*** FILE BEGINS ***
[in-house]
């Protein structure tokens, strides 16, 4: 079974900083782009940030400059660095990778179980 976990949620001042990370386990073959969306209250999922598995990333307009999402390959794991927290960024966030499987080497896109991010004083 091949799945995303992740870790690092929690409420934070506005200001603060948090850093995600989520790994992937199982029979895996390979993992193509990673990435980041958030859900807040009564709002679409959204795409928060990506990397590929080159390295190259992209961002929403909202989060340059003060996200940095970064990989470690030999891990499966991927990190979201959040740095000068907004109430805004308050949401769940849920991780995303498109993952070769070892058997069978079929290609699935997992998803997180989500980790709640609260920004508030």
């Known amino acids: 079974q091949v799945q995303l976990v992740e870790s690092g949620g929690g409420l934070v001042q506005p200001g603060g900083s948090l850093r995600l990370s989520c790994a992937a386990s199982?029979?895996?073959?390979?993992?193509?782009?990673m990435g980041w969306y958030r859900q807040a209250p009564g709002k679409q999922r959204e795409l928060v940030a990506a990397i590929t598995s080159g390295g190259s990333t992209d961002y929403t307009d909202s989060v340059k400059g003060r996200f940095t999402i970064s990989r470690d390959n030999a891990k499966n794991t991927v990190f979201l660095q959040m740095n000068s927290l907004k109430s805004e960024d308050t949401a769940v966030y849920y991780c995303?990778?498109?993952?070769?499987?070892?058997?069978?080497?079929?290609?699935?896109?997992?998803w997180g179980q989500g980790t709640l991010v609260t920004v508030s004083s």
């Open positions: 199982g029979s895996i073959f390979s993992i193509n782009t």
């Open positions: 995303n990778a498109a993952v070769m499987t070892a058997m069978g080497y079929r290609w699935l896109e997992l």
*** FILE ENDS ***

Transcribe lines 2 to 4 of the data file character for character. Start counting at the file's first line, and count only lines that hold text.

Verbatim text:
């Protein structure tokens, strides 16, 4: 079974900083782009940030400059660095990778179980 976990949620001042990370386990073959969306209250999922598995990333307009999402390959794991927290960024966030499987080497896109991010004083 091949799945995303992740870790690092929690409420934070506005200001603060948090850093995600989520790994992937199982029979895996390979993992193509990673990435980041958030859900807040009564709002679409959204795409928060990506990397590929080159390295190259992209961002929403909202989060340059003060996200940095970064990989470690030999891990499966991927990190979201959040740095000068907004109430805004308050949401769940849920991780995303498109993952070769070892058997069978079929290609699935997992998803997180989500980790709640609260920004508030």
């Known amino acids: 079974q091949v799945q995303l976990v992740e870790s690092g949620g929690g409420l934070v001042q506005p200001g603060g900083s948090l850093r995600l990370s989520c790994a992937a386990s199982?029979?895996?073959?390979?993992?193509?782009?990673m990435g980041w969306y958030r859900q807040a209250p009564g709002k679409q999922r959204e795409l928060v940030a990506a990397i590929t598995s080159g390295g190259s990333t992209d961002y929403t307009d909202s989060v340059k400059g003060r996200f940095t999402i970064s990989r470690d390959n030999a891990k499966n794991t991927v990190f979201l660095q959040m740095n000068s927290l907004k109430s805004e960024d308050t949401a769940v966030y849920y991780c995303?990778?498109?993952?070769?499987?070892?058997?069978?080497?079929?290609?699935?896109?997992?998803w997180g179980q989500g980790t709640l991010v609260t920004v508030s004083s």
């Open positions: 199982g029979s895996i073959f390979s993992i193509n782009t």